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  • TalentRemedy

The Top 5 Mistakes Hiring Managers Make When Interviewing Candidates

Whether you're hiring for your first role, or you are a seasoned hiring manager, an unsuccessful recruitment search can be daunting and expensive. There's a lot at stake in finding the right candidates and the best person for the job. Building out a strong candidate pool can be the hardest part of the process. But what happens when you've found a strong candidate pool, yet no one seems to be progressing through the interview process?


According to the US Bureau of Labor and Statistics, there are more open jobs than there are unemployed people and 61% of US business leaders say it’s challenging to attract top talent. Hiring managers can unknowingly make mistakes when interviewing candidates. Let’s examine some common mistakes hiring managers make when interviewing candidates. Avoiding these mistakes will set your organization up for a successful search. 1. Lack of (or Unclear) Job Descriptions

A job description is a critical part of the hiring process. It is the communication between the organization, the recruiting team, and the candidate. The success of the recruiting process is highly dependent upon the job description. It is also the main marketing tool you will use in the hiring process. Creating a job description that is both enticing and informative helps to garner top quality candidates. Learn more about writing a job description here. 2. Not Understanding the Critical Skillsets Required

An in-depth understanding of critical skills is also important. Critical skills are part of the job description and the evaluation process of the candidate pool. Identifying the most important skills and separating them from the “nice to haves” for the position is key. Do you need someone already skilled in a certain software, industry, or tool? Or can you train for that skill? This can vary depending on the position, especially for tech positions. Also, understand some skillsets command higher salaries so you will need to be aware of the salary data for your location and industry. 3. Not Understanding Your Candidate Pool

This is also essential to the success of your hiring process. A good example is how organizations are migrating through the remote/hybrid option. If you are unaware of how this affects your organization, you may not understand why your applicant pool is diminished or why onsite workers come at a premium. As we said earlier, if a skillset is “hot” in the marketplace you may have to consider a higher salary or sign on bonus to cover all avenues in attracting top talent. 4. Not Having Competitive Salaries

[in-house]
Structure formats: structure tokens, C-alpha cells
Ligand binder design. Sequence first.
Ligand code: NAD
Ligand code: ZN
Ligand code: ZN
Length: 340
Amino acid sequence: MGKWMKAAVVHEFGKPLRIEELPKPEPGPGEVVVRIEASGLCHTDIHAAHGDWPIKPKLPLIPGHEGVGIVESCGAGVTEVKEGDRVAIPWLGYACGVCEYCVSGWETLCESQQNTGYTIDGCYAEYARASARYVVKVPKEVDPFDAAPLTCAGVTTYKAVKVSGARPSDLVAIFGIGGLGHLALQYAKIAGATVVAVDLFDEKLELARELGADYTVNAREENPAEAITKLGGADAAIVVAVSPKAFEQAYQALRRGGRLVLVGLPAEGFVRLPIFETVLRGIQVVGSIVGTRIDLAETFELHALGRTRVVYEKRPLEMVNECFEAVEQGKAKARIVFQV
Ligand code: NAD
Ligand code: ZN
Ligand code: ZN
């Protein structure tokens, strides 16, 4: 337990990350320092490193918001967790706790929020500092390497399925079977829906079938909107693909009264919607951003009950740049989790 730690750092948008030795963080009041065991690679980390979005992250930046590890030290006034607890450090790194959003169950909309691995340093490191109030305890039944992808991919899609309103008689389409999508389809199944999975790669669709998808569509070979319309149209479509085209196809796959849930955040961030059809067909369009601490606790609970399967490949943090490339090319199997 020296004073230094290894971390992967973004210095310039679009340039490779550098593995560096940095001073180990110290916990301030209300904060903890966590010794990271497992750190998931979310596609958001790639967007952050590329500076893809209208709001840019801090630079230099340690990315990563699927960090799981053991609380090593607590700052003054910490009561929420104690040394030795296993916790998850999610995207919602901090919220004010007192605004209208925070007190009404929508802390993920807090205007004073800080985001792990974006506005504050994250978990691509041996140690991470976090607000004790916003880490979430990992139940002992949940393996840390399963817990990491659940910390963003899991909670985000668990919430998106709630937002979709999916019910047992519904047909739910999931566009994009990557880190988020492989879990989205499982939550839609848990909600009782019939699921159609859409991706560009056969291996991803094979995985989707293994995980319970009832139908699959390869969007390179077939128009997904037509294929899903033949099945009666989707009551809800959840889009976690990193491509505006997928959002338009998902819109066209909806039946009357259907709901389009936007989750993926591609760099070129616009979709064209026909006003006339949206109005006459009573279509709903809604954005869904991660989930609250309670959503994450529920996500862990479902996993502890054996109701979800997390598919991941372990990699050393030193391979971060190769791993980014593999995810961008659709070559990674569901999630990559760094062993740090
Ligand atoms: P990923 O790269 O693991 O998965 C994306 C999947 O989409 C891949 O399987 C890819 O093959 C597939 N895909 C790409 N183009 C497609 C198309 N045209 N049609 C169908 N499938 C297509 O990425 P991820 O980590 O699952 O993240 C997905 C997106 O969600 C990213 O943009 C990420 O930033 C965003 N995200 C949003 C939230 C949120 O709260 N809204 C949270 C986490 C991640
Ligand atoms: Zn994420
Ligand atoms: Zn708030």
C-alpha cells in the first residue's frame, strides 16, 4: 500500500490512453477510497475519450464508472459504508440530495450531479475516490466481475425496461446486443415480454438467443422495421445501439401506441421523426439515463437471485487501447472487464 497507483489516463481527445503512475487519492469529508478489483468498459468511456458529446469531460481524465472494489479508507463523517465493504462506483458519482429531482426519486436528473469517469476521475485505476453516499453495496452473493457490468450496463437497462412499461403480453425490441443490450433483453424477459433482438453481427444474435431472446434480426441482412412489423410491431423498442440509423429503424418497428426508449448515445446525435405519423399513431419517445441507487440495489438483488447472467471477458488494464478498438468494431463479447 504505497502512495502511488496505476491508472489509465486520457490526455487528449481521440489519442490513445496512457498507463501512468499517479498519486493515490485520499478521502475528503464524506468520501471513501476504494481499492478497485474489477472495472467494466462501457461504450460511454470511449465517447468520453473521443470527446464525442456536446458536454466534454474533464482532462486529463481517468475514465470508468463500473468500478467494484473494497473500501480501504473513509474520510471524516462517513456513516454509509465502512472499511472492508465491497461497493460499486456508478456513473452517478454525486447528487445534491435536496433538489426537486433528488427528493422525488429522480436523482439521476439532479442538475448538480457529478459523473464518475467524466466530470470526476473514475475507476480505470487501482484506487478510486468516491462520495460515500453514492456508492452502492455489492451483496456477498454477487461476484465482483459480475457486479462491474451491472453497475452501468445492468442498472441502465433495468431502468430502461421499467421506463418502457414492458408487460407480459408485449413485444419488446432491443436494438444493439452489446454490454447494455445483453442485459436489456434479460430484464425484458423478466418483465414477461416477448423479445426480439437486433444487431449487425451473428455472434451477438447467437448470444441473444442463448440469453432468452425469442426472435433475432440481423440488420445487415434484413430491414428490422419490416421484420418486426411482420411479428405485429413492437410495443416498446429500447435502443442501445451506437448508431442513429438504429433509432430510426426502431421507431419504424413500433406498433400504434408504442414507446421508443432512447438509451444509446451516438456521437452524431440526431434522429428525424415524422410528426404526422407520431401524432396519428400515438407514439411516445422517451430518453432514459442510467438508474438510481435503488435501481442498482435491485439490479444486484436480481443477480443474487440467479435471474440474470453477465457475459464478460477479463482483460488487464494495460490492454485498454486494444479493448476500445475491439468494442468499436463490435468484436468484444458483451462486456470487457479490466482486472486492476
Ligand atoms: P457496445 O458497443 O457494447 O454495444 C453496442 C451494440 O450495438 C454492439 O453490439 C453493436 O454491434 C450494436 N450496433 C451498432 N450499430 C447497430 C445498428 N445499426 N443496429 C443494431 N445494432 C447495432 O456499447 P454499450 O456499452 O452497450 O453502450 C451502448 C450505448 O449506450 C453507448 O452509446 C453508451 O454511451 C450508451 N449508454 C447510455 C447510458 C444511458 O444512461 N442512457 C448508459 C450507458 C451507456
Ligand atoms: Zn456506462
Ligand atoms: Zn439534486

Salary is a big one. We’ve mentioned it several times as it relates to skills and work environments. Another consideration for salaries is inflation. Candidates are asking for higher salaries to help them with the increase in the cost of living. Attracting top talent today starts with reviewing what the current market is requiring. By staying informed about salary trends, supply and demand dynamics, and premiums for in demand skills, organizations can more effectively source, assess, and match candidates to their open positions. 5. Not Having a Recruiting Partner

In today's recruiting world, there are several avenues to tap while looking for a good candidate. This is more than posting an ad online. The labor market is tight and passive candidates (those candidates who are not actively looking but are open to discussing interesting opportunities) will not be in that pool. A recruiting partner can target passive candidates from their large network of candidates who specialize in your industry. In an increasingly competitive job market, hiring managers must be well-versed in the labor market's intricacies as well as what top candidates are seeking. This ensures they are better equipped to identify the right candidate for their positions. Not enough time in your day to focus on all the details? Contact us today at info@talentremedy.com or 703-362-0175 and let's work together to ensure your hiring managers get their open roles filled.

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